Funds Hotline April 15, 2020

Indian government Order gets Mauritius FPIs back in action

The Government of India has issued an Order1, confirming that Mauritius would be regarded as an eligible country for the purpose of registration as Category I Foreign Portfolio Investor (“FPI”) under the SEBI (Foreign Portfolio Investors) Regulations, 2019 (“FPI Regulations”). This is an extremely welcome move as it puts Mauritius based FPIs at par with those set up in FATF member jurisdictions (like Singapore).

Mauritius however continues to remain in the ‘grey list’ issued by the Financial Action Task Force (“FATF”), which triggered Indian intermediaries to consider Mauritius as a ‘high risk jurisdiction’. This, in turn, imposes a stricter KYC and beneficial ownership identification standards on such Mauritius based FPIs than those applicable to other Category I FPIs.

Background

By and large, investment funds from FATF member countries are eligible to register as Category I FPIs whereas investment funds based out of non-FATF member countries are eligible to register as Category II FPIs (unless the investment manager of such fund is from an FATF member country and is registered as a Category I FPI).

Accordingly, a Mauritius based fund, unless appropriately managed by a manager as above, could generally get registered as a Category II FPI.

As a precursor to the Order, SEBI had issued a circular on April 07, 2020 amending the FPI Regulations whereby it allowed applicants from a jurisdiction which may not be a member country of FATF but “from any country specified by the Central Government by an order or by way of an agreement or treaty with other sovereign Governments…”, to be considered eligible for a Category I FPI license. With the Order, Mauritius is the first country that has been so identified.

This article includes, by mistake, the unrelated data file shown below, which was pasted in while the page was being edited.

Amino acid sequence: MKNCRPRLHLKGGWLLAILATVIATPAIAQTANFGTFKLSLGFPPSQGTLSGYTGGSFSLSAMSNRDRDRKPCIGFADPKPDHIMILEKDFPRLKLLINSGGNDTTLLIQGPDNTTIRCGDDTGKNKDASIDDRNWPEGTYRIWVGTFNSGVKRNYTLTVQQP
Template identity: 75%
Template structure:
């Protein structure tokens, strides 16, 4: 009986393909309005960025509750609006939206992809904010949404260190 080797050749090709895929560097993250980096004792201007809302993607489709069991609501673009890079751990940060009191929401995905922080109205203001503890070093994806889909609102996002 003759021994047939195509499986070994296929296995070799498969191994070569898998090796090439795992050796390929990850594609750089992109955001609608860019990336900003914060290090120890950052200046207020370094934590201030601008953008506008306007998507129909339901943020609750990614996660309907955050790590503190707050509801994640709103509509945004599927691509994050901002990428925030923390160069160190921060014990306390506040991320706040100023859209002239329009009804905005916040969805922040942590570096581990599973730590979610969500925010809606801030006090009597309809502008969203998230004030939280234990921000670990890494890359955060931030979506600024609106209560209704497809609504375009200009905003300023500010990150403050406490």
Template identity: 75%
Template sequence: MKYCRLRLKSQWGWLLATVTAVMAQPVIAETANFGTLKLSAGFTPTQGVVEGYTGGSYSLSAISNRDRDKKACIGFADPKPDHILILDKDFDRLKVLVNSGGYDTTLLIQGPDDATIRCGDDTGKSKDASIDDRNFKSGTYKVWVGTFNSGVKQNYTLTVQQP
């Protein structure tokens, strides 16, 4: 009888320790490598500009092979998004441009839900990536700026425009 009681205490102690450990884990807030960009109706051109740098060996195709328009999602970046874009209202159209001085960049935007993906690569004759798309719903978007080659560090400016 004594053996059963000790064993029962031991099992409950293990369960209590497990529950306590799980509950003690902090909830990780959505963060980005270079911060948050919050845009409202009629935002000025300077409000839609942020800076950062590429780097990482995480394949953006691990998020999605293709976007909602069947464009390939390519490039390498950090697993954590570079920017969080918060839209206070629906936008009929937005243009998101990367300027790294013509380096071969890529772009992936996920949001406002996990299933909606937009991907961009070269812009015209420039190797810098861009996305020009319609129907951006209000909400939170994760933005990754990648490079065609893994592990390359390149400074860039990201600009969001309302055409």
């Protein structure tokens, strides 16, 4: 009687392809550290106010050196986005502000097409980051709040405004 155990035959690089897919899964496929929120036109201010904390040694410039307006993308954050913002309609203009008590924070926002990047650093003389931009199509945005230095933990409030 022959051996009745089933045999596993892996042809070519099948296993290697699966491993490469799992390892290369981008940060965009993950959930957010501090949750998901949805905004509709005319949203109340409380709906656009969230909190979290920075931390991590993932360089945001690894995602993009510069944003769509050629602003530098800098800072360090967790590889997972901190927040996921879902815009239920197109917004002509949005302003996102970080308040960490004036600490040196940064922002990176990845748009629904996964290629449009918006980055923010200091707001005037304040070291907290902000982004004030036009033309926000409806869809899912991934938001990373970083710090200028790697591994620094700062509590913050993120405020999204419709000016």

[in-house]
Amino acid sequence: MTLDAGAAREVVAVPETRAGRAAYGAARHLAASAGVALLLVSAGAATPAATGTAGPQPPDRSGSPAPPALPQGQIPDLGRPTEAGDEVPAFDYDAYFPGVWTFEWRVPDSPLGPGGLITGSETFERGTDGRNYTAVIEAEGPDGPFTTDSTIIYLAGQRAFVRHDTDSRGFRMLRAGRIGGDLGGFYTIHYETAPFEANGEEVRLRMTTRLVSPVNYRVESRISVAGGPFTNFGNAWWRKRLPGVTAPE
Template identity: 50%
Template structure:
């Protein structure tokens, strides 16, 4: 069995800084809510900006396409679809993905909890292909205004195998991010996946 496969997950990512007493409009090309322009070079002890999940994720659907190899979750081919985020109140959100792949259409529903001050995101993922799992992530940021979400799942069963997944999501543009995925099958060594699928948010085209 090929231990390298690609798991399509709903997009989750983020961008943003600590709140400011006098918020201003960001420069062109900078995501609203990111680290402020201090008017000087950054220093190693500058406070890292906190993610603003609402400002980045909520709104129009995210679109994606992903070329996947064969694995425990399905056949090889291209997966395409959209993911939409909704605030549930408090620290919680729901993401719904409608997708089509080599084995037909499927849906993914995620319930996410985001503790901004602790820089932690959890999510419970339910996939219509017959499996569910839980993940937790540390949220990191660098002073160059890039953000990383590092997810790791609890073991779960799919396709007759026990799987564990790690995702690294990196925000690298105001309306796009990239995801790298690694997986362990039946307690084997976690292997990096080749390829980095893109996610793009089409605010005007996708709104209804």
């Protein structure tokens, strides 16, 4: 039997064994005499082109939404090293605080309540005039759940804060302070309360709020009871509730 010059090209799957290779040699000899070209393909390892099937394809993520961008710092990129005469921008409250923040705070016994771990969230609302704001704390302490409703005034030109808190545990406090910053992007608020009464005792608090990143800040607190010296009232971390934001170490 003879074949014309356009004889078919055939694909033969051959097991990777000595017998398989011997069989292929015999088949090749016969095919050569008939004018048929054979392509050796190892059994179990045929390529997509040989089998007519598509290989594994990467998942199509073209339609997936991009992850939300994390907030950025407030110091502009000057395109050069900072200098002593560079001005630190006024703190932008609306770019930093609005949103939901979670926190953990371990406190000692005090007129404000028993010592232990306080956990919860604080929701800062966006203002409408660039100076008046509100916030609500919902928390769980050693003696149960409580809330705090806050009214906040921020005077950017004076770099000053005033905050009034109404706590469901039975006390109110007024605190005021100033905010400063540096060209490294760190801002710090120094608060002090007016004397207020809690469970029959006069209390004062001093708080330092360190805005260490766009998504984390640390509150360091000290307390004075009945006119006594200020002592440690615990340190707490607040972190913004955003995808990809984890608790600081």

Issues: Bucket A (for all Category II FPIs)

In case of a Category II FPI, all the ultimate beneficial owners are required to share their proof of identity as part of the KYC process, which requirement otherwise does not apply to ultimate beneficial owners of a Category I FPI.

Eligibility criteria for subscription to offshore derivative instruments has, under Reg. 21(1) of the FPI Regulations, been modified to refer to persons that are either registered as, or are eligible to be registered as, Category I FPIs. Category II FPIs are therefore barred to access such synthetic products.

The Indian Income-tax Act, 1961 provides for taxability of income arising from transfer of offshore shares and interests in a foreign entity that derive value substantially from underlying assets in India and thus constitute indirect transfer of Indian shares. However, the Indian Income-tax Act, 1961 exempted investments held in Category I FPIs and Category II FPIs from the applicability of indirect transfer provisions. In September 2019, SEBI rationalized the categories of FPIs, with most sub-categories of Category I FPIs and Category II FPIs being grouped together as Category I FPIs under the FPI Regulations. With this change, the Finance Act 2020 made an amendment to the Income-tax Act, 1961 to exempt the applicability of indirect transfer provisions to investments held directly or indirectly in (only) Category I FPIs. However, the Finance Act 2020 provided for a grandfathering of the exemption with respect to investments held in Category I FPIs or Category II FPIs prior to September 2019. This was especially pertinent for Category II FPIs which could not be reclassified as Category I FPIs under the FPI Regulations 2019, such as Mauritius-based funds with Mauritius-based investment managers.